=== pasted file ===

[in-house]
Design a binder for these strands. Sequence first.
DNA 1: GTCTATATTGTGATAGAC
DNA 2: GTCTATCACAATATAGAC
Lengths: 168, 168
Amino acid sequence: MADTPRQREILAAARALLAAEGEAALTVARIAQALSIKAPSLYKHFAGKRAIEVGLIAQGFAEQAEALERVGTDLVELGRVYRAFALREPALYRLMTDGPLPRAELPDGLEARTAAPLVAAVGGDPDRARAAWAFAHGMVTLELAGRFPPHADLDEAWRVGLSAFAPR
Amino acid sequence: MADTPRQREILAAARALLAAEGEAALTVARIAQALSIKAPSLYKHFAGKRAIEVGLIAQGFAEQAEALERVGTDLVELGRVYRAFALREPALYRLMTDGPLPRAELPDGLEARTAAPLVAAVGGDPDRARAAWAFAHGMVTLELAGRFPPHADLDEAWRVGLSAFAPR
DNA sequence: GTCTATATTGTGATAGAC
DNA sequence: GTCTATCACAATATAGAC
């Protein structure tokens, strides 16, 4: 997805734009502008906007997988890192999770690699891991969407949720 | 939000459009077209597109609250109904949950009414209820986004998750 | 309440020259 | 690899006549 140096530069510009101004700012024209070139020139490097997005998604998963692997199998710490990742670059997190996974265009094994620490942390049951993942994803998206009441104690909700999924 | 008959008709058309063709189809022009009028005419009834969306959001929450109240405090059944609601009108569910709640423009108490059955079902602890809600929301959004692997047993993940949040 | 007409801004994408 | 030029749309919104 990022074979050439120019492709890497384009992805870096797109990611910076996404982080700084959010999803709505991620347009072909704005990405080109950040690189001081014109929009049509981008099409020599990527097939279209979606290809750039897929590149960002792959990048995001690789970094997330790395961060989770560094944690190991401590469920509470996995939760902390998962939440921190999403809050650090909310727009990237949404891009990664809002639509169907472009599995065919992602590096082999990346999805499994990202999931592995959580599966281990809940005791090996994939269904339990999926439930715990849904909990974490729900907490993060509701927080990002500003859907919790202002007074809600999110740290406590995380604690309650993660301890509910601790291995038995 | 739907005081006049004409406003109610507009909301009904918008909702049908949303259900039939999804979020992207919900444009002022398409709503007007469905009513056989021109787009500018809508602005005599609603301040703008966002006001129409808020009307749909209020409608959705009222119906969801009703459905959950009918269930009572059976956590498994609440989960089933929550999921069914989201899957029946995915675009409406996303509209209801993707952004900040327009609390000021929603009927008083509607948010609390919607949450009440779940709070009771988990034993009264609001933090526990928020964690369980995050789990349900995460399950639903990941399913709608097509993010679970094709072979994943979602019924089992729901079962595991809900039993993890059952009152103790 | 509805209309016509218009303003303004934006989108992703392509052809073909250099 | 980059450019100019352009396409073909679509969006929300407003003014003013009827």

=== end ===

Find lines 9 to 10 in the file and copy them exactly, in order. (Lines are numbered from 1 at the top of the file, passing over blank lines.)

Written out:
DNA sequence: GTCTATCACAATATAGAC
């Protein structure tokens, strides 16, 4: 997805734009502008906007997988890192999770690699891991969407949720 | 939000459009077209597109609250109904949950009414209820986004998750 | 309440020259 | 690899006549 140096530069510009101004700012024209070139020139490097997005998604998963692997199998710490990742670059997190996974265009094994620490942390049951993942994803998206009441104690909700999924 | 008959008709058309063709189809022009009028005419009834969306959001929450109240405090059944609601009108569910709640423009108490059955079902602890809600929301959004692997047993993940949040 | 007409801004994408 | 030029749309919104 990022074979050439120019492709890497384009992805870096797109990611910076996404982080700084959010999803709505991620347009072909704005990405080109950040690189001081014109929009049509981008099409020599990527097939279209979606290809750039897929590149960002792959990048995001690789970094997330790395961060989770560094944690190991401590469920509470996995939760902390998962939440921190999403809050650090909310727009990237949404891009990664809002639509169907472009599995065919992602590096082999990346999805499994990202999931592995959580599966281990809940005791090996994939269904339990999926439930715990849904909990974490729900907490993060509701927080990002500003859907919790202002007074809600999110740290406590995380604690309650993660301890509910601790291995038995 | 739907005081006049004409406003109610507009909301009904918008909702049908949303259900039939999804979020992207919900444009002022398409709503007007469905009513056989021109787009500018809508602005005599609603301040703008966002006001129409808020009307749909209020409608959705009222119906969801009703459905959950009918269930009572059976956590498994609440989960089933929550999921069914989201899957029946995915675009409406996303509209209801993707952004900040327009609390000021929603009927008083509607948010609390919607949450009440779940709070009771988990034993009264609001933090526990928020964690369980995050789990349900995460399950639903990941399913709608097509993010679970094709072979994943979602019924089992729901079962595991809900039993993890059952009152103790 | 509805209309016509218009303003303004934006989108992703392509052809073909250099 | 980059450019100019352009396409073909679509969006929300407003003014003013009827």